I WOULDN'T be surprised if a fair number of Scottish farmers weren't disappointed to see the end of 2017 with its rain-drenched, sodden summer. Western Scotland's summer was the third wettest since records began 107 years ago - with rainfall up almost 50 per cent for June, July and August. As often happens in farming it is the weather that dictates the profitability or otherwise for the year.

I well remember the terribly wet summer of 1985, which was probably worse than last year's, but at least it dried up in October allowing us to tidy up the harvest and salvage some late silage. That wasn't the case last year and there are still some crops, straw and silage left rotting in fields.

Perhaps the worst feature of last summer was the fact that many dairy farmers in the West of Scotland had to bring their cows into the sheds early to prevent them trampling their sodden pasture into mud. Many now find that they are running short of fodder with some predicting they will run out of silage long before spring. To make matters worse, straw and hay are scarce and very expensive.

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The situation has prompted the Scottish Government to establish an Agriculture Weather Advisory Panel composed of experts who will advise farmers how to cope with bad weather events both now and in the future.

To deal with the aftermath of last summer the Scottish Government recently increased the panel's scope to include one-to-one specialist advice on the use of feed budgeting to better manage livestock dietary needs, particularly over the winter period and in light of increased straw prices.

Back in 1985 we did our own feed budgeting and got through the winter using our own resourcefulness, and most will do the same this winter. Still, I suppose creating an Agriculture Weather Advisory Panel lets the Scottish Government be seen to be concerned.

How much the Scottish Government and the Westminster Government really care about agriculture will be put to the test as we leave the EU fold. Already Defra (Department for Environment Food and Rural Affairs) Secretary Michael Gove has given some ominous warnings about the future for agricultural support post Brexit.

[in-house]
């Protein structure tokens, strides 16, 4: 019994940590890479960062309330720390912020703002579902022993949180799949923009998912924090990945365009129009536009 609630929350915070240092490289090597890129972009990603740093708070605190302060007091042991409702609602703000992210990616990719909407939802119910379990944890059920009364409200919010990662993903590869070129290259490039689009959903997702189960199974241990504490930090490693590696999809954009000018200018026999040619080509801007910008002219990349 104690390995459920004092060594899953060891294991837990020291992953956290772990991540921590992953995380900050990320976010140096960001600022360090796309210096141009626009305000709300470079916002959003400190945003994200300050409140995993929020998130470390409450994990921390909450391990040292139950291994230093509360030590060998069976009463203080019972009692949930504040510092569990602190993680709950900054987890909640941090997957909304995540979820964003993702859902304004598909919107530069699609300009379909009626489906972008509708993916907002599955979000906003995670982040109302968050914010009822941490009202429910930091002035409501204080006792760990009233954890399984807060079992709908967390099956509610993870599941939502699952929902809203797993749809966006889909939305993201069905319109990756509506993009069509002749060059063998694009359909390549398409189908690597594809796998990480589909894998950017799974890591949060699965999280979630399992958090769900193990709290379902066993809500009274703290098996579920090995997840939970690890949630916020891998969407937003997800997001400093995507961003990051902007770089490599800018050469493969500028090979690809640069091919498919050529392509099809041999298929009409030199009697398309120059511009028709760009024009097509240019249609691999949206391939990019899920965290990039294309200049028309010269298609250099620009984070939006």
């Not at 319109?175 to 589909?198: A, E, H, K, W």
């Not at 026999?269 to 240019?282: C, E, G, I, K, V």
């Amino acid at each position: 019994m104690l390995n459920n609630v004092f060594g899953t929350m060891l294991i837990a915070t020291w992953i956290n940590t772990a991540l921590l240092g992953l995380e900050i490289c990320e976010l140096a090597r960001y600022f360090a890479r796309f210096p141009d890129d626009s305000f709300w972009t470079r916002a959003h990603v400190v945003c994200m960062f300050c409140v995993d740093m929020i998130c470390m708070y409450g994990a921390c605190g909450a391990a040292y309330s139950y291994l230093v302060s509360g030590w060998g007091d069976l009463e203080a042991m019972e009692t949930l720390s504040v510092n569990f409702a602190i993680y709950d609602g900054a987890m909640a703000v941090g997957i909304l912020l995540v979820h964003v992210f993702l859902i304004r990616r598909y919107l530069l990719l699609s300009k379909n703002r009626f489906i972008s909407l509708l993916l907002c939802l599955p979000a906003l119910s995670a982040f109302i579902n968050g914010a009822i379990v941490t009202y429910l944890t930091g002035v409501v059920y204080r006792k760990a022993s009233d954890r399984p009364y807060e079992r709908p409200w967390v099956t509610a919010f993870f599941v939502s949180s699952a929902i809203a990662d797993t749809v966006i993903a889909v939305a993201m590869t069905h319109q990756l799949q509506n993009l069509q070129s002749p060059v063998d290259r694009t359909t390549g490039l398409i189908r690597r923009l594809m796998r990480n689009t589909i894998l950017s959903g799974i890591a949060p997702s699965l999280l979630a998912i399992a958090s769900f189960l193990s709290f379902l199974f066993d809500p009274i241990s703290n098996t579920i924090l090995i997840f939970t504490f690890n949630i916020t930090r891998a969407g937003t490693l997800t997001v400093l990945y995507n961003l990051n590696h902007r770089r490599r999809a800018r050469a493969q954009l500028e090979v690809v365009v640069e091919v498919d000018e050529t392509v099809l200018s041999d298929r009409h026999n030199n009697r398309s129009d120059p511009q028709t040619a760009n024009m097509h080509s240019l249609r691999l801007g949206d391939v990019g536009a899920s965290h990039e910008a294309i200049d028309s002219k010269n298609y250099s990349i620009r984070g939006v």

Everybody is clamouring to be heard, but it seems that the powerful environmental and food lobbies are being more successful than most. Mr Gove recently announced that future farm support south of the border would be simplified, focused on environmental measures and far removed from the "burdensome" demands of the CAP (Common Agricultural Policy).

Addressing English landowners at a Country Land and Business Association's conference, Mr Gove condemned the current system of farm support as "inefficient, ineffective, inequitable, and environmentally harmful."

He went on to enlarge on his thinking a couple of weeks ago by saying that capping the amount of direct payments received by larger farmers will be one of the first changes that will be made after the UK leaves the EU. He said that a Defra paper to be published this month will detail the means by which the Government will introduce the cap.

There is every possibility the paper will include the views contained in a recent report from a think tank that said that farmers should have three forms of income available to them - sales from agricultural produce at market prices, payments for ecosystem services and a form of means-tested livelihood support targeted at less well-off farmers.

The report says: "This should necessarily be targeted through the existing tax and benefits system and should seek to end the current situation where subsidies are paid to owners of very large estates without any public good being received in return."

The biggest problem the farming industry faces in getting its message across is that the vast majority of its audience - more than 80 per cent of the UK population - live in towns and cities.

As Nuffield Scholar Anna Jones said in her recent excellent report: "With an uncertain future post-Brexit, farmers arguably need the media more than ever before. They have some convincing to do that agriculture is worthy of public money; that consumers should shun foreign labels and choose British instead; that the environment is safe in farmers' hands."

Ms Jones points out that farming is not a mainstream issue in the UK. It was barely mentioned during the 2017 general election campaign and the media has bigger fish to fry. Terrorism, the NHS, North Korea and Donald Trump all grab headlines in a way agriculture can't, and never will - so long as we're not hungry.